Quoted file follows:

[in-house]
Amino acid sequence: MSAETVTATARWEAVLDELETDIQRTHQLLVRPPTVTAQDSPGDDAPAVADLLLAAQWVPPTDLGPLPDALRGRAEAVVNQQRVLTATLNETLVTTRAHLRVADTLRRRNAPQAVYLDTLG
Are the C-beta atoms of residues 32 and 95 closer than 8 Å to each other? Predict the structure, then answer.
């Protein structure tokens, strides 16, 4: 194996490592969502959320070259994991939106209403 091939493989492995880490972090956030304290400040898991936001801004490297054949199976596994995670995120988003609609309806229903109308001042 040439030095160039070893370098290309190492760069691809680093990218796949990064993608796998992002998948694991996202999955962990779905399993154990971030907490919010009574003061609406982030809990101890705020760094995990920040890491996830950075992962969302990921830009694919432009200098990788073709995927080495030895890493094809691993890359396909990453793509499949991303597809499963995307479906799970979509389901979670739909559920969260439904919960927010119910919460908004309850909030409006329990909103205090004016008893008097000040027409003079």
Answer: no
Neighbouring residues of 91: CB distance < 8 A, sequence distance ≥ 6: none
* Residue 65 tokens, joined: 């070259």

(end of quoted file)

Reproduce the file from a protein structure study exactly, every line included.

[in-house]
Amino acid sequence: MSAETVTATARWEAVLDELETDIQRTHQLLVRPPTVTAQDSPGDDAPAVADLLLAAQWVPPTDLGPLPDALRGRAEAVVNQQRVLTATLNETLVTTRAHLRVADTLRRRNAPQAVYLDTLG
Are the C-beta atoms of residues 32 and 95 closer than 8 Å to each other? Predict the structure, then answer.
């Protein structure tokens, strides 16, 4: 194996490592969502959320070259994991939106209403 091939493989492995880490972090956030304290400040898991936001801004490297054949199976596994995670995120988003609609309806229903109308001042 040439030095160039070893370098290309190492760069691809680093990218796949990064993608796998992002998948694991996202999955962990779905399993154990971030907490919010009574003061609406982030809990101890705020760094995990920040890491996830950075992962969302990921830009694919432009200098990788073709995927080495030895890493094809691993890359396909990453793509499949991303597809499963995307479906799970979509389901979670739909559920969260439904919960927010119910919460908004309850909030409006329990909103205090004016008893008097000040027409003079």
Answer: no
Neighbouring residues of 91: CB distance < 8 A, sequence distance ≥ 6: none
* Residue 65 tokens, joined: 């070259």